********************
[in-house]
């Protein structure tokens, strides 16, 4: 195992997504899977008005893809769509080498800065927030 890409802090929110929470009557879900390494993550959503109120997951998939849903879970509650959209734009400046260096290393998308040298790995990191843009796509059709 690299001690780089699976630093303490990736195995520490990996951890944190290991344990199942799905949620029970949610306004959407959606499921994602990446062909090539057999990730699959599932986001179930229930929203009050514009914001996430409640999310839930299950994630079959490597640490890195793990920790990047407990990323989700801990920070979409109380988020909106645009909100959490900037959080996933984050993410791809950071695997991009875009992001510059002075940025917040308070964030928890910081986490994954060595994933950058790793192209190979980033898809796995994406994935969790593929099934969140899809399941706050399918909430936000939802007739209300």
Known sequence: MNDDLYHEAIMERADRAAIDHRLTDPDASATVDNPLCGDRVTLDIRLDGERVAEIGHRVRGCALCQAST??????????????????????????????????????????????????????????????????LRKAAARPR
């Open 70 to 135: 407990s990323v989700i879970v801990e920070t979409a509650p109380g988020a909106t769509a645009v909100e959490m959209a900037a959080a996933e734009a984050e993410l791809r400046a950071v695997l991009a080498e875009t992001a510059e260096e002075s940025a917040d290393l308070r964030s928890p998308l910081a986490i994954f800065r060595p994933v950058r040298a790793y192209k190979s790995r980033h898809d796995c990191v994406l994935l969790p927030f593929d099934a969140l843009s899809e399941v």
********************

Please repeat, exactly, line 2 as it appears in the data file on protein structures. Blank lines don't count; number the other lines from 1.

């Protein structure tokens, strides 16, 4: 195992997504899977008005893809769509080498800065927030 890409802090929110929470009557879900390494993550959503109120997951998939849903879970509650959209734009400046260096290393998308040298790995990191843009796509059709 690299001690780089699976630093303490990736195995520490990996951890944190290991344990199942799905949620029970949610306004959407959606499921994602990446062909090539057999990730699959599932986001179930229930929203009050514009914001996430409640999310839930299950994630079959490597640490890195793990920790990047407990990323989700801990920070979409109380988020909106645009909100959490900037959080996933984050993410791809950071695997991009875009992001510059002075940025917040308070964030928890910081986490994954060595994933950058790793192209190979980033898809796995994406994935969790593929099934969140899809399941706050399918909430936000939802007739209300």